Honoring Mark Twain

On November 30, 1835, Jane Lampton and John Marshall welcomed their sixth child, Samuel Langhorne Clemens, into the world. Little did they know that one day Samuel would be known as literary icon Mark Twain. The author of 28 books and numerous short stories, letters, and sketches, Mark Twain is often described as the “Greatest American humorist of his age” and the “Father of American Literature.”


My favorites…

The secret of getting ahead is getting started.

Don’t go around saying the world owes you a living. The world owes you nothing.
It was here first.

A man’s character may be learned from the adjectives which he habitually uses in conversation.
(I need to start paying attention to adjectives!)


Is Your Writing Muse in a Snit?

When Guelph writer Linda Johnston informed everyone on her Twitter feed that she had written 17,000 words in three weeks, we all congratulated her and wanted to know the secret of her success. I enjoyed following her tweets regarding this sudden burst of creativity.

June 26

My writing muse has returned from her snit and is in full swing. She has fused me to the computer.

July 13

My muse dictates how much I write. I just do her bidding.

I imagined one of the nine daughters of Zeus and Mnemosyne visiting Linda each morning, taking her hand and guiding her to the computer. There, she remains offering words of encouragement until Linda produces her daily quota. Later, I discovered that Linda received inspiration from a more concrete source: Sarah Domet’s book, 90 Days to Your Novel.

Patricia Anderson, another Guelph writer, found a muse that enables her to write prolifically and enjoy a vacation at the same time. At the end of June, she sets off for her trailer in Algonquin Park where she spends the summer working on her novel (without distractions).

While researching several famous writers, I discovered some unusual muses.

Alexander Dumas color coordinated his paper. He used blue paper for novels, yellow paper for poetry and rose-colored pages for nonfiction.

Mark Twain and Truman Capote write lying down.

Ernest Hemingway sharpened dozens of pencils before starting to write.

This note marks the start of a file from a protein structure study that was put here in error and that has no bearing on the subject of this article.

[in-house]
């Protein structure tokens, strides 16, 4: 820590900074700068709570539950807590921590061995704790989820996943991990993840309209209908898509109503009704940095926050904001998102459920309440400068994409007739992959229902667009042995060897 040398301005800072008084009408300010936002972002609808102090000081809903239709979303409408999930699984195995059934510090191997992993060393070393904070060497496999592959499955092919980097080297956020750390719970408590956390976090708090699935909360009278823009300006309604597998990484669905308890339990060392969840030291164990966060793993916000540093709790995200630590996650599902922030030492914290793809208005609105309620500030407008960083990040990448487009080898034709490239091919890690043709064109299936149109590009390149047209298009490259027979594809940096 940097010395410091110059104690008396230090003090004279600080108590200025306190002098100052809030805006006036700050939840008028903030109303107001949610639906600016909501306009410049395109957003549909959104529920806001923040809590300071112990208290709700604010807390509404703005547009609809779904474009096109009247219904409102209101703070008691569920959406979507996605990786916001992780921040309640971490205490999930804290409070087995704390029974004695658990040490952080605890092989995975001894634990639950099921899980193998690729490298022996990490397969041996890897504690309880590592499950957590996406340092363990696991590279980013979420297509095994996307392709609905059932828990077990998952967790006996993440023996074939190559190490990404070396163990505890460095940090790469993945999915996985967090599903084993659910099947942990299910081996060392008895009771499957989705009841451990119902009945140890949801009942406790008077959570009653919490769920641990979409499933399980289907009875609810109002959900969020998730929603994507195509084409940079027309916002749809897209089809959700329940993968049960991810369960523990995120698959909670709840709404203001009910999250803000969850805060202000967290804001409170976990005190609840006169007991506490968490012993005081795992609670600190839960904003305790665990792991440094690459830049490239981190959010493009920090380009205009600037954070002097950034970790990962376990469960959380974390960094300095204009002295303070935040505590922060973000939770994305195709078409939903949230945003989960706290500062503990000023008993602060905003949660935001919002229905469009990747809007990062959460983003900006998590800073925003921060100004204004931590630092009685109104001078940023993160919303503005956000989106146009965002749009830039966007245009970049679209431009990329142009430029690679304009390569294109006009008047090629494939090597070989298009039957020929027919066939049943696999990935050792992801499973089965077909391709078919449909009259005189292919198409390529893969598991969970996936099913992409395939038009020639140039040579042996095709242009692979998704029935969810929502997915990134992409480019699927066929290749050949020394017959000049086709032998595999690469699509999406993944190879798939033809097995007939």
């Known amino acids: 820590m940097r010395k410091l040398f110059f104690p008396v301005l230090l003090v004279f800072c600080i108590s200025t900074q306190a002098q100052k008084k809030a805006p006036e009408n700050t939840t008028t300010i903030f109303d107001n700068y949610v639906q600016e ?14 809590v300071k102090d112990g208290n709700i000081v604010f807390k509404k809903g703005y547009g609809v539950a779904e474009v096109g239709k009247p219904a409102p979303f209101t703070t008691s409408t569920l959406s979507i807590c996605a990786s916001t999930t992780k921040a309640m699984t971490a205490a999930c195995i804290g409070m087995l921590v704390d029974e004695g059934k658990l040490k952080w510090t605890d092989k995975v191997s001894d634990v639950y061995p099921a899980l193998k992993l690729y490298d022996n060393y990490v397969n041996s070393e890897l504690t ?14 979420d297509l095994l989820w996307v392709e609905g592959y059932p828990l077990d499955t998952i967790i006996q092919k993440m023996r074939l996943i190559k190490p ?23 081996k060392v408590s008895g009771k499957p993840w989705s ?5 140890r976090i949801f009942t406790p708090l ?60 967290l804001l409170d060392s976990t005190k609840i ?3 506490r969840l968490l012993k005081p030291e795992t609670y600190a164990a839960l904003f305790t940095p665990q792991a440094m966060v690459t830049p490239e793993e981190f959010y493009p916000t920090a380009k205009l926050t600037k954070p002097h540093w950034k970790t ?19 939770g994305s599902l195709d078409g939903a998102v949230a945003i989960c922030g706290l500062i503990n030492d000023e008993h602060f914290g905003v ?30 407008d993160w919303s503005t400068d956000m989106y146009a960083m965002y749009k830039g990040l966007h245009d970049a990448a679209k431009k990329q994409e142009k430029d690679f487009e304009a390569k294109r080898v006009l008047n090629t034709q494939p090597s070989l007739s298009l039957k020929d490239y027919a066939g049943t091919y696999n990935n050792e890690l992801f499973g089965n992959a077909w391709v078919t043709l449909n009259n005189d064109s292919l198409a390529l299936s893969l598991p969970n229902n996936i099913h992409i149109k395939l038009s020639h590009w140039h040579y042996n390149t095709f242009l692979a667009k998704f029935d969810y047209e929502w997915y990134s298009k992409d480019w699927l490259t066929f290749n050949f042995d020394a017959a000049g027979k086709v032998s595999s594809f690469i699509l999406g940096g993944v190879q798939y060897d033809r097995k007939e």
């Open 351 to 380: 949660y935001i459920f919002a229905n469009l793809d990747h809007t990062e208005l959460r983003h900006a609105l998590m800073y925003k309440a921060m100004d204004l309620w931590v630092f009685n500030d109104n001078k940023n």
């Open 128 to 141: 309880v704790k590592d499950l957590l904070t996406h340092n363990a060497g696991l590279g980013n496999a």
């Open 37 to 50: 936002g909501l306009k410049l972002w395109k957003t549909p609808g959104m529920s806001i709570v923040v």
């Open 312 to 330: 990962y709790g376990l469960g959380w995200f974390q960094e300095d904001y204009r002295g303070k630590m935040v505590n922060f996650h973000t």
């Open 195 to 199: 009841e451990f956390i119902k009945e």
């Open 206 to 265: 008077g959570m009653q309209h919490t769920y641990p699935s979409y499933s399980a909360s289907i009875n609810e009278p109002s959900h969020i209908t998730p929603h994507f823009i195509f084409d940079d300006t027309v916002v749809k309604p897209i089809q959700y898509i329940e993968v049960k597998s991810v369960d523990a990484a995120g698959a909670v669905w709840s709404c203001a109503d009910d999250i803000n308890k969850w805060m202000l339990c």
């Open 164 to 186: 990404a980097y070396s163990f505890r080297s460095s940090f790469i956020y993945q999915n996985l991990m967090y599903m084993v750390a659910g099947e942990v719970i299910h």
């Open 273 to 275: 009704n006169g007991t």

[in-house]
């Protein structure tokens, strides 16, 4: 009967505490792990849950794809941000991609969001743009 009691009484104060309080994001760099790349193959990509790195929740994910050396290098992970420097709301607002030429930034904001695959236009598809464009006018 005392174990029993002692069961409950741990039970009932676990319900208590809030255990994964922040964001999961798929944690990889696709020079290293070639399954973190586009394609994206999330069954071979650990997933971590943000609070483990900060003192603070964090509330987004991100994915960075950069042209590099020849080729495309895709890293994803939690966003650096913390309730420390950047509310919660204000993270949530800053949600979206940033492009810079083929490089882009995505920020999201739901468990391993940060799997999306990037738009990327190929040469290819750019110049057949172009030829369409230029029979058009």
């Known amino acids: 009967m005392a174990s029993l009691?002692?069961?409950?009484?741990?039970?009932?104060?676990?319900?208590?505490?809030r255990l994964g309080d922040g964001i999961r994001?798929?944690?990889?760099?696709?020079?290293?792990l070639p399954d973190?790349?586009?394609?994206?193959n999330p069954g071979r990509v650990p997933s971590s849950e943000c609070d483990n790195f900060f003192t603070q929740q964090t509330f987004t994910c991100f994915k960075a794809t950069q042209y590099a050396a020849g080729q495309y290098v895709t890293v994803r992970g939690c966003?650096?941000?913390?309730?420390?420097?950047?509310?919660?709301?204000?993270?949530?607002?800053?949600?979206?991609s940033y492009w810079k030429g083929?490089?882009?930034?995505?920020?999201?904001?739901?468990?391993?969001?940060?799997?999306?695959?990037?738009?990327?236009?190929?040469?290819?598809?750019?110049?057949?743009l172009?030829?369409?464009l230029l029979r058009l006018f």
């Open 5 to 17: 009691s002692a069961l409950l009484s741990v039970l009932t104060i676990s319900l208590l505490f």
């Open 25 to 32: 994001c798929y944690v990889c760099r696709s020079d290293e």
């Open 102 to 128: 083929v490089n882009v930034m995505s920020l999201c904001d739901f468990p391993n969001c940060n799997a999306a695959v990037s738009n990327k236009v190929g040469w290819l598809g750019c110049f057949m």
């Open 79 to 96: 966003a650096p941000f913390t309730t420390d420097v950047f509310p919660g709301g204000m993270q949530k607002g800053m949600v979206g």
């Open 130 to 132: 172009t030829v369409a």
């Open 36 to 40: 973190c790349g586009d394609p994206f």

Willa Cather read the Bible before writing each day.

Before picking up his pen, John Donne liked to lie in an open coffin. (I wonder about this one!)

In my case, I like to stick to my morning ritual of easing into the writing. After breakfast, I linger over coffee as I check my emails, Twitter and other social media. Once I finish drinking  two cups of coffee, I start writing. When I hit a writer’s block, I follow Julia Cameron‘s advice from her inspirational books—The Artist’s Way, Walking In the Wind, The Prosperous Heart—and get myself back on track. I  enjoy the morning pages, twenty-minute walks and artist’s dates.

Any other muses out there? I’d love to hear about the eccentric ones.

Oprah and Dr. Wayne Dyer

I enjoyed watching Dr. Wayne Dyer on Super Soul Sunday with Oprah. Often called the father of motivation, Dr. Dyer has inspired us with his many books and appearances on PBS.

I’ve been a fan of Dr. Dyer since the publication of his first book, The Erroneous Zones. I was surprised to learn that he wrote this book after a profound awakening moment in his life.

At the age of thirty-four, Dyer’s life was out of control. He was involved in bad relationships, overweight, not eating properly, and experiencing difficulty launching his writing career. He decided to visit his father’s grave. Having grown up hating the man who had abandoned his family and forced him to endure many obstacles, Dyer was ready to spew out all his rage. Instead, he felt an inner shift and forgave his father. He then rented a cottage in Fort Lauderdale and spent fourteen days writing The Erroneous Zones, the first of many books that would impact millions of people around the world.

At age 71, Dyer speaks and acts like a much younger man. There are no traces of leukemia and, for all intents and purposes, he was cured by John of God. He spoke at length about his experience with the Brazilian health healer.

His speech with peppered with so many wonderful insights and quotes from other writers and spiritual teachers, among them Mark Twain, Hafiz, William Blake, and Pierre Teilhard de Chardin.

Quotable Quotes…

All of us are connected. All of us are individualized expressions of God.

My prayer is to be in the space of God and have the peace of God live and breathe through me.

If we can truly see ourselves in everyone, then we are motivated to hurt no one.

EGO=Edging God Out

Mantra of the higher self: How can I serve?

Put into your imagination what you wish to manifest and act as if it were manifested.